Should You Try a Color Rinse?
Latest posts by Emilie Branch (see all)
- Tricks to Maintain Your Summer Pixie Cut, According to the Pros - July 21, 2019
- 13 Salt Sprays Better Than Day at the Beach Hair - July 20, 2019
- 5 Things You Need to Know About Extensions for Curly Hair - July 19, 2019
How can you tweak your color and hook up the shiniest locks of your life without committing to a full-on single or double process? After doing our fair share of investigating, we decided all that’s needed to add a little life into our locks is a color rinse. To investigate the in’s and out’s of this no-brainer hair technique, we consulted Celeb Colorist Chad Kenyon, who you can catch at Ramirez Tran in Beverly Hills.
(Image via Instagram)
Color Rinse…or Gloss…or Glaze
The first thing to know about color rinsing is that although there are many ways to ask for it, a color rinse is still a color rinse by any other name. “’Color rinse’ is used interchangeably with gloss, glaze & toner,” Chad explains, breaking it down by region. Who knew color rinsing was the hair service equivalent of soda pop or tennis shoes? “Most of my New York clients say, ‘glaze’ while my LA clients use ‘gloss,’ but I hear ‘color rinse’ all over, including Latin America,” he says.
Although the terminology may vary regionally, a color rinse is a demi-permanent haircolor that will diminish almost invisibly—unlike your hope-no-one-notices grown out highlights. According to Kenyon, a color rinse fades “in a good way,” mainly because there’s no line of demarcation at the dreaded 8-week mark. The time your color rinse lasts depends on a host of factors—some you can control and some you can’t. For instance, the rinse will last longer if you pay special attention to your products and make sure to use a targeted shampoo, conditioner, oil and primer. “The one shampoo and conditioner that is indeed ideal for all hair colors, textures, situations (and is is currently blowing me away) is the new Olaplex N°4 Shampoo. It’s super-rich foamy lather is gentle enough for everyday, if so desired. The N°5 Conditioner is creamy perfection and the fragrance is heavenly.” Both hair washing products have Olaplex’s patented bond-building formula which strengthens and rebuilds hair, for both colored/highlighted and virgin hair. Note that neither product is on the market just yet, but head to Olaplex’s IG for of-the minute updates.
However, even with the best products, your color rinse is also affected by the water where you live. “My NYC clients can go longer in between glosses because their water is more gentle on hair color,” shares Chad. “LA? Not so long,” he continues. “For my LA clients, I like to keep it as low-maintenance as possible,” he notes of working with the elements. To do this, he paints client’s ColorMelt™ styles so it grows out hyper-naturally, and has them come in for a color rinse to extend the length of the service. “I always use Olapex N°1 for longer lasting & strengthening color rinses/glosses,” he adds.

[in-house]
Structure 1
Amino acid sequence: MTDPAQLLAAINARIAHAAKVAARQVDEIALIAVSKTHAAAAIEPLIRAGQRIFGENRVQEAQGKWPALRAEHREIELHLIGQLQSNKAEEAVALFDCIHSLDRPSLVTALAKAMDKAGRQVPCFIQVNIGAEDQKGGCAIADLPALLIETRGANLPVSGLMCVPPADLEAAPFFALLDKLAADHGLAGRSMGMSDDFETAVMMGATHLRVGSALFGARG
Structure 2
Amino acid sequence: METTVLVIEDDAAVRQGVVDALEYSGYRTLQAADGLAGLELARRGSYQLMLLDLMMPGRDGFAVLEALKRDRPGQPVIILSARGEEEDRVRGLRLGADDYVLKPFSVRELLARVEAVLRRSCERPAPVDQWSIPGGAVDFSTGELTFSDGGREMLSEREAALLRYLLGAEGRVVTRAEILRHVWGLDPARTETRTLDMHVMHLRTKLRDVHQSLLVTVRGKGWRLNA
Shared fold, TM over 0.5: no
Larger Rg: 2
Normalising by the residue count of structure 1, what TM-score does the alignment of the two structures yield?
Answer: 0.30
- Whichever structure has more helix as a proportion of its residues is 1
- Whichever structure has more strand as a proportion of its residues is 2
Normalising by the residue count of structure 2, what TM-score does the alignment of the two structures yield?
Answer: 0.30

Chad ensures all his clients leave the salon with Olaplex N°3 Hair Perfector, $28. The at-home Olaplex rebuilds and strengthens the hair so it’s stronger for the next hair color appointment. “We break out hair every day using heat tools, blow dryers, etc.,” explains Chad, but with Olaplex, “hair’s integrity is in pristine form.”
Which Color Rinse?
That being said, a color rinse is just what the stylist ordered—there’s no one that can’t benefit from the treatment. “Everyone should do color rinses,” says Chad of the all hair-type friendly treatment. However, pay attention to the kind of color rinse you are doing—all are not created equally. Opt for acid-based glosses, as they have a lower pH, which acts much in the same way cold water does on hair or skin to close the cuticle or pores, “but it’s much better and longer-lasting, giving you intense shine!” advises Chad. “When my clients are about to do a red carpet or appearance, they pop in for a 20-minute gloss & Olaplex Strengthening Treatment. After the color rinse, I let them leave with the Olaplex in their hair and rinse at their leisure.”
If you don’t want to alter your hair color but are looking for shine (duh) and resurfacing, clear acid-based color rinses/glosses give a major boost of light to the hair, “which in turn helps illuminate the face,” Chad reminds us.
To care for hair that’s been color rinsed, keep it cool. “It’s best to rinse with cool water and not over-shampoo,” he says. If you workout daily, alternate between using both shampoo and conditioner, and just conditioner, so your color rinse lasts longer. “I ‘prescribe’ hair primers to ALL my clients,” says Chad. “It’s like a base coat for your hair.” You might want to invest in color rinse just to see how it affects the rest of your hair closet. It turns out that a little rinse goes a long way. “You’ll use much less of every other product after one, since primers control porosity in hair,” he explains.
As good as this all sounds, the only real catch is that you can’t DIY. “There are retail products that call themselves glosses and/or color rinses but they are in no way associated with a professional salon rinse,” he explains. To give his clients shampoo-commercial color and shine, he gravitates towards Joico Instant Glosses, Shades EQ Redken, COLOR.ME by Kevin Murphy and Moroccanoil’s new Color Complete collection of demi-permanent glosses. “My clients loved the visible results. They all commented on the great fragrance as well,” Kenyon notes of the latest addition to Moroccanoil’s portfolio.
What’s the diff between semi and demi permanent color?? Find out HERE.